Source of book image: online version of WSJ article cited below.
As Robert Calderisi makes clear in "The Trouble With Africa," foreign aid is usually mismanaged, wasted or simply diverted to various precincts of the continent’s busy kleptocracies, subverting the evolution of normal markets.
Africa is by no means the only region in the world where corruption seems endemic. Paul Wolfowitz, the head of the World Bank, addressed the problem of corruption on a trip to Indonesia earlier this year. Even building a new baseball stadium in the Bronx can involve community-outreach efforts that might better be called payoffs. But Africa seems to find it especially difficult to set up a legal system that can enforce contracts and compel transparency.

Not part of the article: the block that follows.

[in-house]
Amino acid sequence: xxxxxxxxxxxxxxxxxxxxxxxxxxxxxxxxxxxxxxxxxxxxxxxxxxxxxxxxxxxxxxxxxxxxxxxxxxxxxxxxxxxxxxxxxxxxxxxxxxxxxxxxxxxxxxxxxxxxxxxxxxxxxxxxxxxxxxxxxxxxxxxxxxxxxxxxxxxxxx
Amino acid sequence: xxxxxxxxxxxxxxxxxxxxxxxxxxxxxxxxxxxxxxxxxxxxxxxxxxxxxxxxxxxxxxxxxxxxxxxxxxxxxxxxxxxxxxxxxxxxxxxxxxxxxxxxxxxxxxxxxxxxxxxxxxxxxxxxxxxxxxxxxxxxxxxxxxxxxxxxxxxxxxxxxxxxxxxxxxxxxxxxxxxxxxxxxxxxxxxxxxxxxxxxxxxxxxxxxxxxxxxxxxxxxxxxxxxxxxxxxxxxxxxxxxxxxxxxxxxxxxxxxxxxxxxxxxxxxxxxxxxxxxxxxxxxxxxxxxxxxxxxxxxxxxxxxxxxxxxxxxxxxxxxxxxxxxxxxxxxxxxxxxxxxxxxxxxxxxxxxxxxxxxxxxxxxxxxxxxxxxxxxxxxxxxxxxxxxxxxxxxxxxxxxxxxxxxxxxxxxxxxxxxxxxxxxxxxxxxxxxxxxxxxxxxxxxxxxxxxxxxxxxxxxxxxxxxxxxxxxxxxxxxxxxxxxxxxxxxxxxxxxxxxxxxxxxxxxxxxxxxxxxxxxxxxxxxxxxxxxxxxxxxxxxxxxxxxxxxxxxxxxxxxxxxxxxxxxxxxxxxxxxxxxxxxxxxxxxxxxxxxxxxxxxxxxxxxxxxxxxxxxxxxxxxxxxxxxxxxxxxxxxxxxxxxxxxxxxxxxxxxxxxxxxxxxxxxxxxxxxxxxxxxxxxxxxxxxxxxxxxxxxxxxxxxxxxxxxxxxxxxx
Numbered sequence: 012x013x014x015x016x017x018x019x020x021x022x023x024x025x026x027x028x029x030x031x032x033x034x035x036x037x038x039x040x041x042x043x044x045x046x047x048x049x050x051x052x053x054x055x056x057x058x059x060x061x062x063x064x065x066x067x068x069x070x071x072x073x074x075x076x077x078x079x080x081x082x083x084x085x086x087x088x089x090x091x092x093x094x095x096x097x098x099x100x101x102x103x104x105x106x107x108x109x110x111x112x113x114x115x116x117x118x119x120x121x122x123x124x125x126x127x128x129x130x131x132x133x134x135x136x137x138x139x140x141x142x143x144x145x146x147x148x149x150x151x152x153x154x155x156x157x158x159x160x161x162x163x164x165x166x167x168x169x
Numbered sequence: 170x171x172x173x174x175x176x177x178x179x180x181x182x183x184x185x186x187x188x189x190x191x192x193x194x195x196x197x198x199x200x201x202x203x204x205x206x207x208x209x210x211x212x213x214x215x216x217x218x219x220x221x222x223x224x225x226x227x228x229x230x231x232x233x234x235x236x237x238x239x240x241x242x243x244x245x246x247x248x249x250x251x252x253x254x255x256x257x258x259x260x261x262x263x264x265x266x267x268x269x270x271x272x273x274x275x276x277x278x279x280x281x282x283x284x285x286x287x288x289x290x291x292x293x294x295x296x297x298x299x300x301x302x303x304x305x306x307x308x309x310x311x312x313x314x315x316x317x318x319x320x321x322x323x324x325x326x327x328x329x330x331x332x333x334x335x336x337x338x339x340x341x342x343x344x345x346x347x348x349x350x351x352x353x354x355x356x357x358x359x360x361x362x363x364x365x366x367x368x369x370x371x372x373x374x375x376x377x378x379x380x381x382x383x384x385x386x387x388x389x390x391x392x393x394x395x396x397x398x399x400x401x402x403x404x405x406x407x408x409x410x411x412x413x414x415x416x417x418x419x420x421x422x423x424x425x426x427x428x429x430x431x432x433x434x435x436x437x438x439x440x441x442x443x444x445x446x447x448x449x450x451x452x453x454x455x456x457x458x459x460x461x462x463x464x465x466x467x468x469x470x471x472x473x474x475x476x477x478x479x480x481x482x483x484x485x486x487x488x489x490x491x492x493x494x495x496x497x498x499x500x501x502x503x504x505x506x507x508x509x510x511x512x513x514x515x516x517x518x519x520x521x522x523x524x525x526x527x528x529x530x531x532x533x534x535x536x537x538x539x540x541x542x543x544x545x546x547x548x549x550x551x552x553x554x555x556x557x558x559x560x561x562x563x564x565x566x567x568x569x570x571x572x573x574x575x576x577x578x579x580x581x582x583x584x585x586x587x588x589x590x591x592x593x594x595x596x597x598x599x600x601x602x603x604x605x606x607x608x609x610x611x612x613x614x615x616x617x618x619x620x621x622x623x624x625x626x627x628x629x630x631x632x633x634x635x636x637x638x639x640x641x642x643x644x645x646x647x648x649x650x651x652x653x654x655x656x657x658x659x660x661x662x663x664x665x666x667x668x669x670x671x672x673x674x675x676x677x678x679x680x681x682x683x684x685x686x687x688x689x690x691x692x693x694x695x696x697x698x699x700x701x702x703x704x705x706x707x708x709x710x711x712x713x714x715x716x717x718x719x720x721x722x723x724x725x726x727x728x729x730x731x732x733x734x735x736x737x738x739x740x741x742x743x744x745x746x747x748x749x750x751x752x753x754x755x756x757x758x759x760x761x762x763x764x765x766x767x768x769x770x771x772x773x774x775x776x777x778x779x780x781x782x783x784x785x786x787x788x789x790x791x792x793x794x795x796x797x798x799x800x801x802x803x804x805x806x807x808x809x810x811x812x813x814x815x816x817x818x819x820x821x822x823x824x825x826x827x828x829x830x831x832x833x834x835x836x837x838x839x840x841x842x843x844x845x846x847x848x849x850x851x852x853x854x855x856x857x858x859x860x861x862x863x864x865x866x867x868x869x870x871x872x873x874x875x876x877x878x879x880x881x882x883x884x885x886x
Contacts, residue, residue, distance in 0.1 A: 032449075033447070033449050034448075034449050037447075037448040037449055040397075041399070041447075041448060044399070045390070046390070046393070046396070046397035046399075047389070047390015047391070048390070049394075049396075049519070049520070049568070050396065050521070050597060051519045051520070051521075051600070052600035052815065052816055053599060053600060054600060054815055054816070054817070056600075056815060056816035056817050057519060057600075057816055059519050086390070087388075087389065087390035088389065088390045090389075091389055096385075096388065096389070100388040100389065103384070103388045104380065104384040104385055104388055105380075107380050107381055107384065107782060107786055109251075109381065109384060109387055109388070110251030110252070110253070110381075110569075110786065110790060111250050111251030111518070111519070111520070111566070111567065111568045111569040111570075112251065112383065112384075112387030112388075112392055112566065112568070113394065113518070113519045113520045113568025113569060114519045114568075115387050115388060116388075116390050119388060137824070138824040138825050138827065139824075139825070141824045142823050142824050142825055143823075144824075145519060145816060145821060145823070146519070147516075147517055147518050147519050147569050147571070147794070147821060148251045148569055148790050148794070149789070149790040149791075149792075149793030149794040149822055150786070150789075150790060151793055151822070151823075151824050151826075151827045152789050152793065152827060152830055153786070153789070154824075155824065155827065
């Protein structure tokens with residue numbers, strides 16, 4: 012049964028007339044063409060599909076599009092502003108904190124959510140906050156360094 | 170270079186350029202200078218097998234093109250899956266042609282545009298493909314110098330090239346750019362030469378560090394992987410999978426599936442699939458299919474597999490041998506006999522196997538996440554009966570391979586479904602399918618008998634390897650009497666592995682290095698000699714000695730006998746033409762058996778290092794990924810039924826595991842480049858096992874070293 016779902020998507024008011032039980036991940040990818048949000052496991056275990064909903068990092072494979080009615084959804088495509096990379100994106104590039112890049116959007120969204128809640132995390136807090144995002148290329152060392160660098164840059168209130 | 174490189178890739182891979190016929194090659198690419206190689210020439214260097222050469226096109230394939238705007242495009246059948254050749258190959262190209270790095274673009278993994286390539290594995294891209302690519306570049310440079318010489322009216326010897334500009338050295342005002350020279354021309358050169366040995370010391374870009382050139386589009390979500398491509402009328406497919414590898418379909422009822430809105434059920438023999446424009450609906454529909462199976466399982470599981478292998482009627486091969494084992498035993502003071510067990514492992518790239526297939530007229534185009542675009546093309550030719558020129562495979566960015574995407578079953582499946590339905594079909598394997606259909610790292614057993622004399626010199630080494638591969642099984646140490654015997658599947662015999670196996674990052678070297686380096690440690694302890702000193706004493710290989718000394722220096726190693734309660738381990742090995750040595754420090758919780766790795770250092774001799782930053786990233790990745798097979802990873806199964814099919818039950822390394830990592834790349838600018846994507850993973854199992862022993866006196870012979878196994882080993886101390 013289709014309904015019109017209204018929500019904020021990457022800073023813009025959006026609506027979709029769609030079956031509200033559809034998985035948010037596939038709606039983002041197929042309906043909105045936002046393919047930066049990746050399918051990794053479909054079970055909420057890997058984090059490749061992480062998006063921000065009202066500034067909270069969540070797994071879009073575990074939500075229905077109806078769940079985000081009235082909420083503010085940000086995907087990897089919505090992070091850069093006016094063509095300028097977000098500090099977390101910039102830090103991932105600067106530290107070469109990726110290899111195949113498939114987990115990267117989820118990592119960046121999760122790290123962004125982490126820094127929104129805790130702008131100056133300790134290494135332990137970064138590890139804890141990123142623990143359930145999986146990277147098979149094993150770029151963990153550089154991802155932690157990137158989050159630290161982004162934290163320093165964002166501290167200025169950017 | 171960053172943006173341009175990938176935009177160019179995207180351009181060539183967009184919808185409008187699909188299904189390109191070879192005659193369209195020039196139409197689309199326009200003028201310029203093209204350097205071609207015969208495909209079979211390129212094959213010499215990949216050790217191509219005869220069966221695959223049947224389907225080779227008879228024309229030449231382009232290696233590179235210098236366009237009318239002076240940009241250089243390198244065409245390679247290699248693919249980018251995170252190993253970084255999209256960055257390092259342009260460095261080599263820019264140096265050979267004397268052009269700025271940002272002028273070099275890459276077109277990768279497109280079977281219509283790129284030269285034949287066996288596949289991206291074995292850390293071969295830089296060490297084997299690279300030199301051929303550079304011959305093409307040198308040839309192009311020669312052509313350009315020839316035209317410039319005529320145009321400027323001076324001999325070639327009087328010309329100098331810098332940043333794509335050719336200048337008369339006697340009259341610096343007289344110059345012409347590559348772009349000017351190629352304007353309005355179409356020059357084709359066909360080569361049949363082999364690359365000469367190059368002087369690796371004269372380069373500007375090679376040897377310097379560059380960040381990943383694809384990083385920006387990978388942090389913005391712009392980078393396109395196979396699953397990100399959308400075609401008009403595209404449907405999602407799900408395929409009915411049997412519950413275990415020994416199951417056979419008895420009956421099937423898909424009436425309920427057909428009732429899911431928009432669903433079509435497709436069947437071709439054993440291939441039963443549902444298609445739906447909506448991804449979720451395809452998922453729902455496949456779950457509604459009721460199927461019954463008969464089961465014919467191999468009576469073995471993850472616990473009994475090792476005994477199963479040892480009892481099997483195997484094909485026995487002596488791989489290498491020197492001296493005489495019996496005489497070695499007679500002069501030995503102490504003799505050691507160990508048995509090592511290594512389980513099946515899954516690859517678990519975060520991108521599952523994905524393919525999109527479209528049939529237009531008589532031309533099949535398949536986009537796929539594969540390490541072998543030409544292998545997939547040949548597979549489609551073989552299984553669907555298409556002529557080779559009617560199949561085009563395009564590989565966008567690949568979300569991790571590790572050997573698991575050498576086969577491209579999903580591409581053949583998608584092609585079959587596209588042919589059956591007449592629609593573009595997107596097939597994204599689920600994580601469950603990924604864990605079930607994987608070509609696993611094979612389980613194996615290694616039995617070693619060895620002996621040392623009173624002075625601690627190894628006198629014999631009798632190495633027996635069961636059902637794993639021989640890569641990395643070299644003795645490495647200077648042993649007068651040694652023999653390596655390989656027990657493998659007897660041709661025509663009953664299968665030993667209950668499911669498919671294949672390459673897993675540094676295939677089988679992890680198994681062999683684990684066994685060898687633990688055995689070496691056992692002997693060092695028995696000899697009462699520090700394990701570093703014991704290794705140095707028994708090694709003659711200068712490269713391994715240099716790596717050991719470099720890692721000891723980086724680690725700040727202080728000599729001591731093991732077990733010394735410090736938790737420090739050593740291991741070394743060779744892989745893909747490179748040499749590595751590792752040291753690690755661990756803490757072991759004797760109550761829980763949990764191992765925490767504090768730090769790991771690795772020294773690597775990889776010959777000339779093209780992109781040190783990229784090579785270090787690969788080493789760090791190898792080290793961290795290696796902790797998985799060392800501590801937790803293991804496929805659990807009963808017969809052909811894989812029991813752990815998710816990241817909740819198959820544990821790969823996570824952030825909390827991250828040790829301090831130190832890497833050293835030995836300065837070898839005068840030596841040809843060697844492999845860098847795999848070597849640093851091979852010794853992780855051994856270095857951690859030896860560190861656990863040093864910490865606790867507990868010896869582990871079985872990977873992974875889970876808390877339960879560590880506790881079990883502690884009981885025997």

Mr. Calderisi says more explicitly than anyone — except perhaps George B.N. Ayittey and the late British economist P.T. Bauer — that foreign aid is almost always harmful to the African counties that receive it. The fault, he notes, is not in the stars but in the behavior of Africans themselves, especially the leaders who have pocketed so much of the money intended for their citizens.
For the full review, see:
Roger Kaplan. "Bookmarks." Wall Street Journal (Fri., June 2, 2006): W7.
The full reference to the Calderisi book is:
Calderisi, Robert. The Trouble with Africa. Palgrave Macmillan, 2006. (249 pages, $24.95)